Crimson Reflections

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The Lolita Collective

Teddy Bear Picnic: A look at Teddy Bears Through JFashion [Part 2 – Pink House]

This was originally presented as an educational companion piece to a craft panel at Katsucon 2020. Because it was originally in lecture / power point format, some aspects may not translate as smoothly to written text.

Pink House actually predates Olive magazine, and while Pink House is said to be a cornerstone of one of the 3 Olive Girl styles, there is surprisingly little pink house in the pages of the Olive issues I own from ‘96-’99.

Pink House was started by designer Kaneko Isao in 1973, but it wasn’t it’s own company until 1982.

Boutique Pink House, Isao Kaneko and Yuri Tachikawa’s special feature in December 1972

Because Kaneko-san started multiple fashion lines that were similar…basically he made his own competition, the style is also sometimes called Kaneko style, which encompass not just Pink House, but also his other brands like Wonderful World and Isao Kaneko. It can also be stretched to encompass pieces from other designers designed in the same prairie revival style.

Much like Gunny Saxe in the United States, Pink House was part of the prairie revival fashion movement, which focused on life in the American countryside in the late 1800s, and was heavily influenced by the1974 American TV series, little house on the prairie, as well as traditional European fashion

The quintessential pinkhouse look is a layered look using dresses, skirts, blouses, vests and talbards (which are like aprons or sleeveless tunics).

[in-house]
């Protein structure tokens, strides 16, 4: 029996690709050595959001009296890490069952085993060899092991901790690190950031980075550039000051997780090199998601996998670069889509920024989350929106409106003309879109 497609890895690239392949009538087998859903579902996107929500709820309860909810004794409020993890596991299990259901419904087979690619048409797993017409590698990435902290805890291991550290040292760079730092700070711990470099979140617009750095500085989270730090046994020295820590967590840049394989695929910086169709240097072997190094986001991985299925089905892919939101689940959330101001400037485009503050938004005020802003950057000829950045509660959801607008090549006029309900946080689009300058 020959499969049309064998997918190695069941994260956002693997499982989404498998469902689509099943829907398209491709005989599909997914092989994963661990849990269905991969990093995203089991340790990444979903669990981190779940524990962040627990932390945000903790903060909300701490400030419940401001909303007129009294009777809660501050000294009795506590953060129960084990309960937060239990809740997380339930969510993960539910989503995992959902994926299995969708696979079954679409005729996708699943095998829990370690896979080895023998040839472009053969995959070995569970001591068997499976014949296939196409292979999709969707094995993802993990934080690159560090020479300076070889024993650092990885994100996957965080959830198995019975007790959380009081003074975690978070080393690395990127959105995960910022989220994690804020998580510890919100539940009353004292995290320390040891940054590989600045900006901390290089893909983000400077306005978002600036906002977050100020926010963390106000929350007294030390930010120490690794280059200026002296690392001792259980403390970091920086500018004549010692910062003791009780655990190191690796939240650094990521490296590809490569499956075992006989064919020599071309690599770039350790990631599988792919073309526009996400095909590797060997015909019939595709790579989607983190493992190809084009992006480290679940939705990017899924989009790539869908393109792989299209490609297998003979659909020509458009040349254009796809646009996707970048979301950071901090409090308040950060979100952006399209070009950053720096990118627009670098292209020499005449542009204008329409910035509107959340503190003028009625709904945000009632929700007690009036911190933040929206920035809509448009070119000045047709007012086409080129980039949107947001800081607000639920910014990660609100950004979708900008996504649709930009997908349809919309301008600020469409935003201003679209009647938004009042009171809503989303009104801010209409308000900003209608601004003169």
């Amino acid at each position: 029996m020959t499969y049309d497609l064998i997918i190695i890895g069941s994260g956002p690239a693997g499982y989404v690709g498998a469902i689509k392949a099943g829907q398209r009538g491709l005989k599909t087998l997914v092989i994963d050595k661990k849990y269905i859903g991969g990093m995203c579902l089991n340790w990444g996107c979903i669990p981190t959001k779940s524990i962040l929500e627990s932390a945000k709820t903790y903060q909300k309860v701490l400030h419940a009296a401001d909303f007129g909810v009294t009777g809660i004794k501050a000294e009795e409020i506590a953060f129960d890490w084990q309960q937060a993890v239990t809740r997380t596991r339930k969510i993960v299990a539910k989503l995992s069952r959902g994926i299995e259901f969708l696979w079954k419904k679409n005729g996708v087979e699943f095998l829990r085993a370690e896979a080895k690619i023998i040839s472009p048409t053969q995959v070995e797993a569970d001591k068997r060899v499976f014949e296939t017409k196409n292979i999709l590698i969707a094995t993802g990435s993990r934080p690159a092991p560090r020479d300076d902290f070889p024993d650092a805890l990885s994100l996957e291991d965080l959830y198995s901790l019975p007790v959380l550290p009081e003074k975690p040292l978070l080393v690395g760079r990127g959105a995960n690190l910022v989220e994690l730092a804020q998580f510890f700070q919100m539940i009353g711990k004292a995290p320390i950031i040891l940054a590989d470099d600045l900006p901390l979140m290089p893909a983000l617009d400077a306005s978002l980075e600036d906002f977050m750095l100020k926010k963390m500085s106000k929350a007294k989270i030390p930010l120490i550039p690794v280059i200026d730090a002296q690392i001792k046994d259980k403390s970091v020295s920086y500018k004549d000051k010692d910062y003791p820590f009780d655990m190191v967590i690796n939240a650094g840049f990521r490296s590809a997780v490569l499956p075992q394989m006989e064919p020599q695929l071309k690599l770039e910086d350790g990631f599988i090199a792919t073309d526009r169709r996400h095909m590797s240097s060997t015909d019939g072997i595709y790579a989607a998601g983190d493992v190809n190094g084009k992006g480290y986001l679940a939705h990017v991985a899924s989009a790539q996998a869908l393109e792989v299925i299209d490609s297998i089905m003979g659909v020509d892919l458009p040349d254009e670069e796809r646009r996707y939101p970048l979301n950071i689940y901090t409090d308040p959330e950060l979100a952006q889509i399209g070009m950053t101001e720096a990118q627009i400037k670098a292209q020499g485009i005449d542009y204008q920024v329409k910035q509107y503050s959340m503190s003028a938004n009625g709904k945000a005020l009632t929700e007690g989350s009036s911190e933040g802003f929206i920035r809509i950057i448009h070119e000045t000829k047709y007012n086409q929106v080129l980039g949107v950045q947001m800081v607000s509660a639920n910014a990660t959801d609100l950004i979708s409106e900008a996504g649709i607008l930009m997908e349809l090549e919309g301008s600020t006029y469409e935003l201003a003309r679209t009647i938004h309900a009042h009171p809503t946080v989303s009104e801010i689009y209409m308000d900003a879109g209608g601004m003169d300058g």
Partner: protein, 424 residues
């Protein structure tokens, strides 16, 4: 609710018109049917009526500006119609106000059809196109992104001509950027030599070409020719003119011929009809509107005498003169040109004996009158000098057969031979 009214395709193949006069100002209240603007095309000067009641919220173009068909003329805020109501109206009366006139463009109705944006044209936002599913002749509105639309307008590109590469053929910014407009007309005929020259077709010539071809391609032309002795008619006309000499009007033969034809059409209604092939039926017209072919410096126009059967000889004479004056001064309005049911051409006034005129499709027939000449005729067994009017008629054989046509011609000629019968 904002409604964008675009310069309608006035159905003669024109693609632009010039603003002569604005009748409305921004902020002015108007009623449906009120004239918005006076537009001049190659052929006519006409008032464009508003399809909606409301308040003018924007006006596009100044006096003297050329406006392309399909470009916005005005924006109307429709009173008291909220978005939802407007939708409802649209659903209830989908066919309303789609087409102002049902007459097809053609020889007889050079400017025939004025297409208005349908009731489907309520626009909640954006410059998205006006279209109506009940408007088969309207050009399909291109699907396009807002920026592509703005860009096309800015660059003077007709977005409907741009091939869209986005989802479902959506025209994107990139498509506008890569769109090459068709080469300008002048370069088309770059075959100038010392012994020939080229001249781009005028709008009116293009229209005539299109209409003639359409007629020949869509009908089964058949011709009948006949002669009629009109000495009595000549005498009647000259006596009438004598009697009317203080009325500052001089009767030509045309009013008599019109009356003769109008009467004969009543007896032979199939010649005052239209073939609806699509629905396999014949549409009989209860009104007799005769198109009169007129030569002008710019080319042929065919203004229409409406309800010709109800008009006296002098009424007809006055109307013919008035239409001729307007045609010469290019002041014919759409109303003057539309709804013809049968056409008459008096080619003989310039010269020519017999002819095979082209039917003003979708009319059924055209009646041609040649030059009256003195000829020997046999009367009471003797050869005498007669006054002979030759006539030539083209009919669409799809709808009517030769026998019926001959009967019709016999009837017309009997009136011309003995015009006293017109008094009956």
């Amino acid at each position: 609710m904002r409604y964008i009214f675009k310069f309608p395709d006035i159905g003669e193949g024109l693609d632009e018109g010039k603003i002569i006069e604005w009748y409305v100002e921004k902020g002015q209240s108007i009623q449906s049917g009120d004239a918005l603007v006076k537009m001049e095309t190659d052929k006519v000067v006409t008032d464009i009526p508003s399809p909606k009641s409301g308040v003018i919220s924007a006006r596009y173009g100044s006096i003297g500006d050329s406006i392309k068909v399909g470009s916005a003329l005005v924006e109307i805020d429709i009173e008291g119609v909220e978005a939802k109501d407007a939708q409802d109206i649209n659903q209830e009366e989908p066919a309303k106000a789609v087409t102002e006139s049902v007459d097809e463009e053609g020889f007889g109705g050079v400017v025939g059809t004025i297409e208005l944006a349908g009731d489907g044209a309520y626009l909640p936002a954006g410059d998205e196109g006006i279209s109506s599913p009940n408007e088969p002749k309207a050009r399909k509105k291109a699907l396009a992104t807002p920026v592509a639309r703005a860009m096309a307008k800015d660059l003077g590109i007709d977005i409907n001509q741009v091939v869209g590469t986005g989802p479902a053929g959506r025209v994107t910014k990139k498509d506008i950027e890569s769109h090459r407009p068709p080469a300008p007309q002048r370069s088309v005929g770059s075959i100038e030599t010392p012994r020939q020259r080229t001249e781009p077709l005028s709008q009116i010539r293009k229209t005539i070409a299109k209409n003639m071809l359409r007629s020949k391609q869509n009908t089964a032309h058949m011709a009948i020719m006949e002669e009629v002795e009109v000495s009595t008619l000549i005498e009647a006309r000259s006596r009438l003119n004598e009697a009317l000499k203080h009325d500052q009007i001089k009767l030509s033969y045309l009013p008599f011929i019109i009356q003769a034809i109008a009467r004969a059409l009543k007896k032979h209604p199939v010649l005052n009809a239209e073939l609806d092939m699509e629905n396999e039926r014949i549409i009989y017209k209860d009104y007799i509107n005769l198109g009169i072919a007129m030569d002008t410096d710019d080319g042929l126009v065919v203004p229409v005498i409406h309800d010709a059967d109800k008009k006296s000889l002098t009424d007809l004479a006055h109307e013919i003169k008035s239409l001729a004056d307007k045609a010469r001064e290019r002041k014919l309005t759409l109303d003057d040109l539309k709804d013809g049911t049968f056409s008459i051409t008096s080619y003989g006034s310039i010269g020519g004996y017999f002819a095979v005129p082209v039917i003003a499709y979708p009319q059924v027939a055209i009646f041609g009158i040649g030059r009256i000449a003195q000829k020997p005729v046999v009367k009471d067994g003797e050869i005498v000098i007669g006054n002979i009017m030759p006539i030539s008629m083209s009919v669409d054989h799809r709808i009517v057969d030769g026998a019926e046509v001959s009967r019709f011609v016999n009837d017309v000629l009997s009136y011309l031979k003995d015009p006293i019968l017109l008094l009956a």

Usually, at least one of the skirt layers has a button open front, or can be pinned up to reveal another layer underneath. It’s common to see two or more patterns in the same outfit.

Heriloom details, like pintucks, patchwork, and open work lace are common, and fabrics are usually custom made for pinkhouse. Common motifs include fruits, especially berries and pineapples, hats, baskets, flowers, and of course…. bears!


Black and White Bears on a Gingham Check

The first bear print from Pink House was released in Winter 1984 and it was called black and white bears on a gingham check. In the advertisement, the model carried Kaneko’s personal teddy bear.


Bear Face

There was a seven year gap before the bears came back in fall 1992 with a print called “Bear face”. Surprisingly, they sold 8 million yen’s worth of pieces from this series on the first day it was available at the Shinjuku store. That’s just shy of 74 thousand USD.

Due to the success of that print, in an interview  the designer said that he tried to do a full body print the next season. At first, he tried a protype with an antique bear, but when he printed it onto fabric and made the sample clothing, he realized it looked really creepy up close. So he re-imagined it as a cartoon with a rounder face. He put it on a poloshirt first and planned on making it into frill clothing as well. He joked about even making a wedding dress. In the same interview he mentioned how he had rejected the idea of a collaboration with Barbie, but then ended up doing bears, and hinted at wanting to make clothes for bears to wear as well. 

The 2002 series, Preppy Teddy, which featured Letterman jacket wearing bears, also included a bear wearing pink house clothing, just like the designer promised!

And the bear motifs have continued on. In 2019, Pink House did a collaboration with the popular fashion model Misako Aoki which featured sweet little teddy bears both as a textile motif and as physical pins.

Misako billed the series as being for the “grown up” or “adult” lolita, though, of course, many adult women wear lolita fashion and don’t necessarily “graduate” to other styles as they age as she seemed to imply, so this statement has been a little controversial.

Next week we will finish up the series with Part 3: Lolita Fashion


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